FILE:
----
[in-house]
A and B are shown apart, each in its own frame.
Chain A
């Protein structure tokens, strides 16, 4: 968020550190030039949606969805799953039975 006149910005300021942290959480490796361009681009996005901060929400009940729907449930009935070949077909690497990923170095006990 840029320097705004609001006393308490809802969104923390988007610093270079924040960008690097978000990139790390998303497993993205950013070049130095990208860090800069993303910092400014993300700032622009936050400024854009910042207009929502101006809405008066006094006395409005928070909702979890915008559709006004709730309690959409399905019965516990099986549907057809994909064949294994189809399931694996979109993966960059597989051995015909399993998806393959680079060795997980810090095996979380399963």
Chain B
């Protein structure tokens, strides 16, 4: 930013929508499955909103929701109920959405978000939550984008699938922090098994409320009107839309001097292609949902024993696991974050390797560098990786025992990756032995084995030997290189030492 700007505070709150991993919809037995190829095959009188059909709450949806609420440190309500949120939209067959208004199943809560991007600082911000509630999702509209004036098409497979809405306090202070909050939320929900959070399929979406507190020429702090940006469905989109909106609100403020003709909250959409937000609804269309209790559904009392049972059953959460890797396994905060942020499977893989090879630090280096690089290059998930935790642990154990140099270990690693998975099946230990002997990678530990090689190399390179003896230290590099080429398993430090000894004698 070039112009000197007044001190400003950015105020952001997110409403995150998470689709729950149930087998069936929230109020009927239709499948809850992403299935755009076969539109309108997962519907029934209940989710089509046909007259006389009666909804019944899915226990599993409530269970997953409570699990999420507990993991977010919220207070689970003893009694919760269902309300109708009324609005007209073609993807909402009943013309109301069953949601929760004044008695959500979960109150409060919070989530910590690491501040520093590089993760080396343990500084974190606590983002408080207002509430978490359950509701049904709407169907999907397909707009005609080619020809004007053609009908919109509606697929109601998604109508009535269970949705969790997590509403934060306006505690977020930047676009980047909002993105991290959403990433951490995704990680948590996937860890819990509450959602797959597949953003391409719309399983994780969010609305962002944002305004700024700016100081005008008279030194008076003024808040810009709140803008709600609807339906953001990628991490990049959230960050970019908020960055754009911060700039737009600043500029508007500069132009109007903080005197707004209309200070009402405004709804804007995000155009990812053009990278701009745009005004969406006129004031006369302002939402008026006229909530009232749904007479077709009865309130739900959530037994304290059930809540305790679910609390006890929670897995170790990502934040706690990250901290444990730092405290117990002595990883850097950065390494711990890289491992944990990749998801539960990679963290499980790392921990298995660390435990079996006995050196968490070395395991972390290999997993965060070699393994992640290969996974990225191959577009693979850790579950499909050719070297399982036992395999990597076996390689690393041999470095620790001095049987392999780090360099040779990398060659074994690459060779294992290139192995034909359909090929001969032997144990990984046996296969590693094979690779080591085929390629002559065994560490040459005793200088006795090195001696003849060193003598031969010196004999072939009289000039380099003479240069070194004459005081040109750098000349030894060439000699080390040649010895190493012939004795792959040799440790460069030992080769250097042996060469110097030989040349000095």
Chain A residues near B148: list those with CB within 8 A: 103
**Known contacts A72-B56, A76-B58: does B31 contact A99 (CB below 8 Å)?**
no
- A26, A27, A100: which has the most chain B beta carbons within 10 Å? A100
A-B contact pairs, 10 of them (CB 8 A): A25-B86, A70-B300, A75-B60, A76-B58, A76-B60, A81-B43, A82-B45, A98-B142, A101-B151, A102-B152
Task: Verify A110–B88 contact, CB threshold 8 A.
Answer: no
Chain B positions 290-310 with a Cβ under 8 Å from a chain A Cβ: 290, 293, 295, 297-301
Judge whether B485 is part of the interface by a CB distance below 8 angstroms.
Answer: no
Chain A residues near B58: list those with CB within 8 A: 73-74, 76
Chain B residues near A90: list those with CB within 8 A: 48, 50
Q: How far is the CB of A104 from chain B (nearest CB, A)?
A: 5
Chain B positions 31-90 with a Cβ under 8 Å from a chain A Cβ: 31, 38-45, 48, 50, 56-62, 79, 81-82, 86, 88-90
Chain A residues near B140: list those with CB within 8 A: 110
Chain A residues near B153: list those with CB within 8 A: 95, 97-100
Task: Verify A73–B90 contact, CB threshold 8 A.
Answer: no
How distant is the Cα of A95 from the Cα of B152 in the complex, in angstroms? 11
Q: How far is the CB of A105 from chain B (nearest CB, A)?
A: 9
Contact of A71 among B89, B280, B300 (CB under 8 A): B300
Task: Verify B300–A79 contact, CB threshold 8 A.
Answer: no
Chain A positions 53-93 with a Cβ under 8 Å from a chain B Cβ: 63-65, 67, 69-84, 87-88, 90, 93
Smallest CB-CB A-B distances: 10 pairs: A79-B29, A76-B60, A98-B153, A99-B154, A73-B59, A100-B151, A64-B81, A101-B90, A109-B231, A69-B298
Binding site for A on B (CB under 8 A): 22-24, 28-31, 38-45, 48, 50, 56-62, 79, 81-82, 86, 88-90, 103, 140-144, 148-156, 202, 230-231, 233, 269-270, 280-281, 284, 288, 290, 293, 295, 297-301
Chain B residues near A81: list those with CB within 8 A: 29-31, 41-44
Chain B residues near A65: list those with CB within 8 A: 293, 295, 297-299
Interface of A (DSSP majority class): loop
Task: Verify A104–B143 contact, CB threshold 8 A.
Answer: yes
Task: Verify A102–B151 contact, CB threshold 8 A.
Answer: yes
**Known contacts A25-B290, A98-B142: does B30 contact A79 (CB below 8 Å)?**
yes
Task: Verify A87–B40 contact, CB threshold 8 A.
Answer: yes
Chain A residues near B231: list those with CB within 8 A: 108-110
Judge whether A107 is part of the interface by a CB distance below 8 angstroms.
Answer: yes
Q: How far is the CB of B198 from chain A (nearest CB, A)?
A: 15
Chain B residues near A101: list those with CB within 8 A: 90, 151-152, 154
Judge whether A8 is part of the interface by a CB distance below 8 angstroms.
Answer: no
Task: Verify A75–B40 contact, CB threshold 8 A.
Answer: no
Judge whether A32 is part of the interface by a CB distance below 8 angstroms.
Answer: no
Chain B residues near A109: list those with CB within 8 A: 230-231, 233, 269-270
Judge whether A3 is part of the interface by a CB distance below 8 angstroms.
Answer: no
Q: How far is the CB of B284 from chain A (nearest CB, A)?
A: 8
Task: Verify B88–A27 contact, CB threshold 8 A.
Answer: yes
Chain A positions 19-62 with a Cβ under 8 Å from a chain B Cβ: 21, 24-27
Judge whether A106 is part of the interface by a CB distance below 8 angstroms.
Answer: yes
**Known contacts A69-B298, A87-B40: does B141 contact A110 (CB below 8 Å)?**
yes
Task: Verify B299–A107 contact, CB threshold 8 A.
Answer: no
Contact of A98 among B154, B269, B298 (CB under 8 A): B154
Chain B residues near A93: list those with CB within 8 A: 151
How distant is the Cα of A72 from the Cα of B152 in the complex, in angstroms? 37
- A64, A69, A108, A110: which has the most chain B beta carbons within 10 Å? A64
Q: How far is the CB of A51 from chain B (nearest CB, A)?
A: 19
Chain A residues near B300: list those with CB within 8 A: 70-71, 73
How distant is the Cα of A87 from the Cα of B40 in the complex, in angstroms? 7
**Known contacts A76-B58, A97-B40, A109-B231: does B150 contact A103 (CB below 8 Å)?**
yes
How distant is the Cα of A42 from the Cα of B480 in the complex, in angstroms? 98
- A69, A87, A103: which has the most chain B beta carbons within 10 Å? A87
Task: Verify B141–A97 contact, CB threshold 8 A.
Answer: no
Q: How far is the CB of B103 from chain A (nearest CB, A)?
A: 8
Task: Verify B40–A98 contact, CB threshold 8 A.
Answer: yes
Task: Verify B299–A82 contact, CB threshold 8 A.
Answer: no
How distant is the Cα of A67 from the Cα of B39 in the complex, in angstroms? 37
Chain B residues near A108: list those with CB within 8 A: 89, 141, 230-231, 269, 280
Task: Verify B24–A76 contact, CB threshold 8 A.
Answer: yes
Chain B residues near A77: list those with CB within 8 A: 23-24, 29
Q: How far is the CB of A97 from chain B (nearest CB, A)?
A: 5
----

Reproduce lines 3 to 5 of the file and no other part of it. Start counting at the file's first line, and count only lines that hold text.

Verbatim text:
Chain A
């Protein structure tokens, strides 16, 4: 968020550190030039949606969805799953039975 006149910005300021942290959480490796361009681009996005901060929400009940729907449930009935070949077909690497990923170095006990 840029320097705004609001006393308490809802969104923390988007610093270079924040960008690097978000990139790390998303497993993205950013070049130095990208860090800069993303910092400014993300700032622009936050400024854009910042207009929502101006809405008066006094006395409005928070909702979890915008559709006004709730309690959409399905019965516990099986549907057809994909064949294994189809399931694996979109993966960059597989051995015909399993998806393959680079060795997980810090095996979380399963």
Chain B